[About this blog] Inspired by local soccer player Mike Lim during my rookie reporter days at Singapore Polytechnic, I set up this blog in August 2002. I feel that blogging is a novel platform to document interesting facets of my life and my thoughts on certain issues. [Email blogger] ephraim@singnet.com.sg

Thursday, May 31, 2007

[Soccer action]
If you wanna have four days of continuous soccer action head down to Ngee Ann City's Civic Plaza.

The adidas challenge Singapore 07 has a cool concept. They have an unconventional stage by making use of the present facilities (creativity points here).

And there's the junkyard where you can have soccer shoot outs.

The outlook is very street - if you know what I mean by that. Apart from graffiti art displays at the event, there are also two tentages of cool adidas merchandise like sunglasses, soccer balls and soccer boots.

But, most important should be the soccer action. There are two categrories for this contest - Category A (under 16) and Category B (under 19).

Two courts side by side complete with stands are smacked in the centre. Other than the sun, the rest of the conditions seem pretty fine. You can go browse for a new pair of adidas sunglasses nearby if the sun's rays are too harsh.

The adidas challenge will run all the way till Sunday - I hear that there's even a celebrity match.

[Singapore Arts Show]
The Singapore Biennale office at the Adelphi is home to the people in charge of visual arts under the National Arts Council.

They have this cool meeting room where the are loads of pictures on the walls.

The reason why I was there was because I'll be involved an event in conjunction with the launch of the Singapore Arts Show in August.

I shall keep mum about what the project is about for now. But I am sure if you keep reading the upcoming posts, there'll be subtle hints on what the event is about. Stay tuned.

Wednesday, May 30, 2007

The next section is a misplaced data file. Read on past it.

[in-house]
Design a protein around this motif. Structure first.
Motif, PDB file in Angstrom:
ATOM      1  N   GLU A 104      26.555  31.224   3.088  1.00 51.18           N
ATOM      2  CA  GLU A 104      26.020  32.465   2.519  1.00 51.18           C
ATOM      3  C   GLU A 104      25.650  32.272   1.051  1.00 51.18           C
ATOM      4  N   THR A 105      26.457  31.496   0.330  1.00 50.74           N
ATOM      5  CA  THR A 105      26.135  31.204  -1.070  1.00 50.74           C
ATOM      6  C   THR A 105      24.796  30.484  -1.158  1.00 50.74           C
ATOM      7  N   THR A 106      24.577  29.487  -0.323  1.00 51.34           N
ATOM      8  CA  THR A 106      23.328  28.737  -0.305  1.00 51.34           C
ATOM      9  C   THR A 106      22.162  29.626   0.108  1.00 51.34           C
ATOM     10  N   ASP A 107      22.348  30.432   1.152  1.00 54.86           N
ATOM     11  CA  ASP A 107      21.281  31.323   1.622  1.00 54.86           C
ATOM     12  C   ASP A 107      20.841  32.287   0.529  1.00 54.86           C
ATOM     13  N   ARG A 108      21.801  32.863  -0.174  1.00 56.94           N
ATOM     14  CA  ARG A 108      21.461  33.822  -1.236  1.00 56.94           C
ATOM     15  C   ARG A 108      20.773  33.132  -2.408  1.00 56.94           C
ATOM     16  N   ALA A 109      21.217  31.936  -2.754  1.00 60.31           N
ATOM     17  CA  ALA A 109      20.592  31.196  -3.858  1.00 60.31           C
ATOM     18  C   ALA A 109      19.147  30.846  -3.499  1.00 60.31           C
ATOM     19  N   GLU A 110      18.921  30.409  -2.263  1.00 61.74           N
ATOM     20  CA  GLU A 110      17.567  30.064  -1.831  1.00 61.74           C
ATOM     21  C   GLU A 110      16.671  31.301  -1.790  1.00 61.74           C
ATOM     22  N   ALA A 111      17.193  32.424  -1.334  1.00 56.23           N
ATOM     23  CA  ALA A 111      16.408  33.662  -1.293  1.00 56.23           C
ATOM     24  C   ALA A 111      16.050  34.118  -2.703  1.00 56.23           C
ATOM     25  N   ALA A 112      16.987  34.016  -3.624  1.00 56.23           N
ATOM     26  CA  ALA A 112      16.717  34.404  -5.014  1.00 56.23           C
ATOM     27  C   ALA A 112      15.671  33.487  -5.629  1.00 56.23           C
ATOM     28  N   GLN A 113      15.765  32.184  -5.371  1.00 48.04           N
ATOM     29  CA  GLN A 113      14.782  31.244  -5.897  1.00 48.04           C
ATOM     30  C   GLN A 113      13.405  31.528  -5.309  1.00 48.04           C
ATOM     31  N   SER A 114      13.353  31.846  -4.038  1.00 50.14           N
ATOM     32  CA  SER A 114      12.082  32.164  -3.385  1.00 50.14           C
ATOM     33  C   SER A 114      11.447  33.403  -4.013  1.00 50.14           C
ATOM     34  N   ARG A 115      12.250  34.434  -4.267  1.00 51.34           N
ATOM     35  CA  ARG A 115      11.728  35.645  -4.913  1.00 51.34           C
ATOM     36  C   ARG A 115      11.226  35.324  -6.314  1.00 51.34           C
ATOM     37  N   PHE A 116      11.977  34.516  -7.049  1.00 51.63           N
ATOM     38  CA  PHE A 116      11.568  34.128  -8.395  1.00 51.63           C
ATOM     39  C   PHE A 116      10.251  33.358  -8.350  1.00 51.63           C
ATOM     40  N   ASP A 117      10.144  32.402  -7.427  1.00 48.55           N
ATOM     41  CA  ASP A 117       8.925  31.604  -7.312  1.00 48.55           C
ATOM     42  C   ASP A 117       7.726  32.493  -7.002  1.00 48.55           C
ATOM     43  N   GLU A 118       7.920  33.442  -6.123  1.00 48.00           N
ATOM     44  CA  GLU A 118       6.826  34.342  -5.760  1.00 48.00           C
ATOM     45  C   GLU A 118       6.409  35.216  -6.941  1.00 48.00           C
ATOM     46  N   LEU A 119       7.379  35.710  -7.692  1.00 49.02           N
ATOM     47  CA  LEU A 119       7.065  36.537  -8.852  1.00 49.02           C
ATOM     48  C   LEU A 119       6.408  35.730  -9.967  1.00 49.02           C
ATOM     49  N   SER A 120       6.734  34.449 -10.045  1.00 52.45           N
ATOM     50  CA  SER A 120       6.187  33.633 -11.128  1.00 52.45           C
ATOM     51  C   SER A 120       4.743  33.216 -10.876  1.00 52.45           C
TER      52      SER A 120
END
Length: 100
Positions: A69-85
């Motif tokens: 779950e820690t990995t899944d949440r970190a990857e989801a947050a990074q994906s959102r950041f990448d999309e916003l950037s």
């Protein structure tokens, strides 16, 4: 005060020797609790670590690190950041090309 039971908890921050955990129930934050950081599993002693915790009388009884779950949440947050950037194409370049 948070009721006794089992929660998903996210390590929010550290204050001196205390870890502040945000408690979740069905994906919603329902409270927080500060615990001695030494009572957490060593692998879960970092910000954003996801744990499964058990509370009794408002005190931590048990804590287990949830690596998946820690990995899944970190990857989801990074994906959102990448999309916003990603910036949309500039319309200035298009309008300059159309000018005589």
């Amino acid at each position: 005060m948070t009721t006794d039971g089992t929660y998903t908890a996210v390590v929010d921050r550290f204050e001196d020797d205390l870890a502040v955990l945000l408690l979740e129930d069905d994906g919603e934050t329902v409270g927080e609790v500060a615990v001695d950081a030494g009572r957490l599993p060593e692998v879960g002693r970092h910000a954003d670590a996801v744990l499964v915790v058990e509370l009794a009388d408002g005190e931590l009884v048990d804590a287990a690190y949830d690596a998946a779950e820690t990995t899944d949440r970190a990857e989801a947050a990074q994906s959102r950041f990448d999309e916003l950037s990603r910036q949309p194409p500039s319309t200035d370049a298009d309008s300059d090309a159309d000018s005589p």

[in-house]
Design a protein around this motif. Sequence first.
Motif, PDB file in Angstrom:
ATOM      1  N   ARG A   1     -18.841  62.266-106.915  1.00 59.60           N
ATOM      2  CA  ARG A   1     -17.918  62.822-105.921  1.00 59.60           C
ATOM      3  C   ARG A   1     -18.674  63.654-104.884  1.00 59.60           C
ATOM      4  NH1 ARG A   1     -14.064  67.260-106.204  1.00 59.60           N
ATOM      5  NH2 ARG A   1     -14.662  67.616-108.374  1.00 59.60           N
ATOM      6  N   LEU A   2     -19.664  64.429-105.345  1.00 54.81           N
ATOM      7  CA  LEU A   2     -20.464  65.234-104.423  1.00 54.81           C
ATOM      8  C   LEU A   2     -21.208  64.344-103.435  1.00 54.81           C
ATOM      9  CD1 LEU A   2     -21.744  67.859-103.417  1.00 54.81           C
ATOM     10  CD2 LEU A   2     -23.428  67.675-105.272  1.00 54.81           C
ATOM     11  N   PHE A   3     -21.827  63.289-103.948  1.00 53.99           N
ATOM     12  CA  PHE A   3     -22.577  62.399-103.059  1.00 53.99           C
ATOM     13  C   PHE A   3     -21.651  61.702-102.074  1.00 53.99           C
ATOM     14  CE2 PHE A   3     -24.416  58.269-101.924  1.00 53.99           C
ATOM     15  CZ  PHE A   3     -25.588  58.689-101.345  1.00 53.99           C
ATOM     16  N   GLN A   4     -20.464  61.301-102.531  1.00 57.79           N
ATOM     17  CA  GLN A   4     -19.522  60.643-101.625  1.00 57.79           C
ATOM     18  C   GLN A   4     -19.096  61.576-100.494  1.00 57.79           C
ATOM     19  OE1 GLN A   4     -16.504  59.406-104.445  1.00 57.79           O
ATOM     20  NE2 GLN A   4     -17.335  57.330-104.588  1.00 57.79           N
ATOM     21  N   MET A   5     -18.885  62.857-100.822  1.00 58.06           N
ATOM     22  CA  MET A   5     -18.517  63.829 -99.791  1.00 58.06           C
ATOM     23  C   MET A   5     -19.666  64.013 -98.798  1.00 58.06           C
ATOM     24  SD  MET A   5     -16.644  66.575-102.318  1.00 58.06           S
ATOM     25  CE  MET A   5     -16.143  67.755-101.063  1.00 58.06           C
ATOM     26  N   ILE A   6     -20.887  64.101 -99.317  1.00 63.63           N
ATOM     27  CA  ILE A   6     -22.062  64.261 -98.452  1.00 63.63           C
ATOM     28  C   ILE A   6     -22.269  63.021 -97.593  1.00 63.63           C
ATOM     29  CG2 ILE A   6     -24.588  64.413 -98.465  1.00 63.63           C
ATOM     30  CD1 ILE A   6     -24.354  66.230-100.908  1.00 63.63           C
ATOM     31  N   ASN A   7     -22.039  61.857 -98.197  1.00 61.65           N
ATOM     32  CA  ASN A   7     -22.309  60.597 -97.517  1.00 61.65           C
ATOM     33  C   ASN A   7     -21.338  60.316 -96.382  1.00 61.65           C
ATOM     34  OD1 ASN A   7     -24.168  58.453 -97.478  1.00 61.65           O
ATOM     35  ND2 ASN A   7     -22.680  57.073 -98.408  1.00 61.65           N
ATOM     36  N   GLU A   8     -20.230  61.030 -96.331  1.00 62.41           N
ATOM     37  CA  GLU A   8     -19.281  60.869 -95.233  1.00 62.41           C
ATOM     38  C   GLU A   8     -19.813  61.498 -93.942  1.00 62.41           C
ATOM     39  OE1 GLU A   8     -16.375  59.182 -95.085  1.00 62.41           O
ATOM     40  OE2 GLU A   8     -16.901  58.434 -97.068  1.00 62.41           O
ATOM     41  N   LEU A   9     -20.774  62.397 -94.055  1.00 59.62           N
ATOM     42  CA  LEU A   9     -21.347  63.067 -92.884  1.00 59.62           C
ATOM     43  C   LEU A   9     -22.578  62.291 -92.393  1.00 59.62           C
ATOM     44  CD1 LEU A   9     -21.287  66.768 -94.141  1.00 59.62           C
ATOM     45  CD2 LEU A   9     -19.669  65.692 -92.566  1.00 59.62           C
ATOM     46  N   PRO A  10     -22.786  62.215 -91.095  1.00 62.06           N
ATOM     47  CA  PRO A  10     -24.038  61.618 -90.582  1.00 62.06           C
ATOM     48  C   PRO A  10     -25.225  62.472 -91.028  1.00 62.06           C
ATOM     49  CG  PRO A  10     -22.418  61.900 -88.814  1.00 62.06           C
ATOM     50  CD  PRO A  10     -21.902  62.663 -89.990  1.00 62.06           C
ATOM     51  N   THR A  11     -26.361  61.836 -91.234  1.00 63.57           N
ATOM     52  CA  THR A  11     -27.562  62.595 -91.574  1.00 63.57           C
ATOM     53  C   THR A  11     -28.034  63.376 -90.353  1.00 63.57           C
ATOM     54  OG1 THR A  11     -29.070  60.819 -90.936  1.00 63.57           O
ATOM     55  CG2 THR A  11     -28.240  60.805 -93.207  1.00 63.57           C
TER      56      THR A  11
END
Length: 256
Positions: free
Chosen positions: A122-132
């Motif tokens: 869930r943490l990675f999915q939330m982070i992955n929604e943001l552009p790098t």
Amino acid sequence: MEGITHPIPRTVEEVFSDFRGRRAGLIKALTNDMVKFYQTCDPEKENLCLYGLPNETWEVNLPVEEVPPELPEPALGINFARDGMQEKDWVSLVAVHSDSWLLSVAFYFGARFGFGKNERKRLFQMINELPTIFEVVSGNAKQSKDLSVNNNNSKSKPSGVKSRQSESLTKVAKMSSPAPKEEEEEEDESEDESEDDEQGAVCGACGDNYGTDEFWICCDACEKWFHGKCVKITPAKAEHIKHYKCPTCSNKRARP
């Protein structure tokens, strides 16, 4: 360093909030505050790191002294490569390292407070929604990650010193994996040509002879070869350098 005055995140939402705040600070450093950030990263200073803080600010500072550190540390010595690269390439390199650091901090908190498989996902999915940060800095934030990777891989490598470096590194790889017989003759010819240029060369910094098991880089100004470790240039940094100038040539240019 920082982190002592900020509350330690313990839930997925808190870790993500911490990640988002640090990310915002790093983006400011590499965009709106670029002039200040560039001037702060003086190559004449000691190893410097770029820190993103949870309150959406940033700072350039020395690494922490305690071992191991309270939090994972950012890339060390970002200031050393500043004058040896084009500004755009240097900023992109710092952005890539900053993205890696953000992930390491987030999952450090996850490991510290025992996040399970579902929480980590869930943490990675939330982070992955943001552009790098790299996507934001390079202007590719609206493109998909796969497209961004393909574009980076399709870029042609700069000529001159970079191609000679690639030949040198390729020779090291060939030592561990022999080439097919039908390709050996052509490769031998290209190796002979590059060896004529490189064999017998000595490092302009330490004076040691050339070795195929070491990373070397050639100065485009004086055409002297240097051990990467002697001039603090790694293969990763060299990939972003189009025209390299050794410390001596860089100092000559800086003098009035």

[Mint Cafe]
The Mint Cafe serves excellent Italian food. I went there once when I did a story about the toy museum there.

Since I loved the food, I dropped by again yesterday.

Tomato Soup

Chicken Lasagne

Spaghetti Bolognese


This time, I loved the caramel infused dessert. It's like jelly pudding and is really sweet.

Tuesday, May 29, 2007

[End of AMMY V]
Last night's dinner hosted by Dr Vivian Balakrishnan marked the official closing of AMMY V.

The event was held at Hacienda at Dempsey Road.

Apart from Pink Guava and Lychee, there was a special non-alcoholic concoction - the NYC cocktail (mocktail maybe since there's no alcohol) created specially for the event.

In his opening speech Dr Vivian encouraged everyone to join him up close in tentage (he probably felt too much in the spotlight as he was the only one inside). Then through the speech he joked and said that the purpose of the dinner is to thank all of us but more importantly to con us and encourage to continue to volunteer drawing laughter from the people present. I hope they did not take it as a joke.

Following the speech was a series of certificate presentations.

NYC volunteerism is different from grassroots work - there's a certain formality and way you have to behave. Grassroots volunteerism is more down to earth. Perhaps it is easier to use a metaphor - if grassroots volunteerism is beer, then NYC volunteerism is wine. But if you ask me if I prefer beer to wine, my answer is that they both have their pros and cons. I am able to do that as I have been through both such experiences.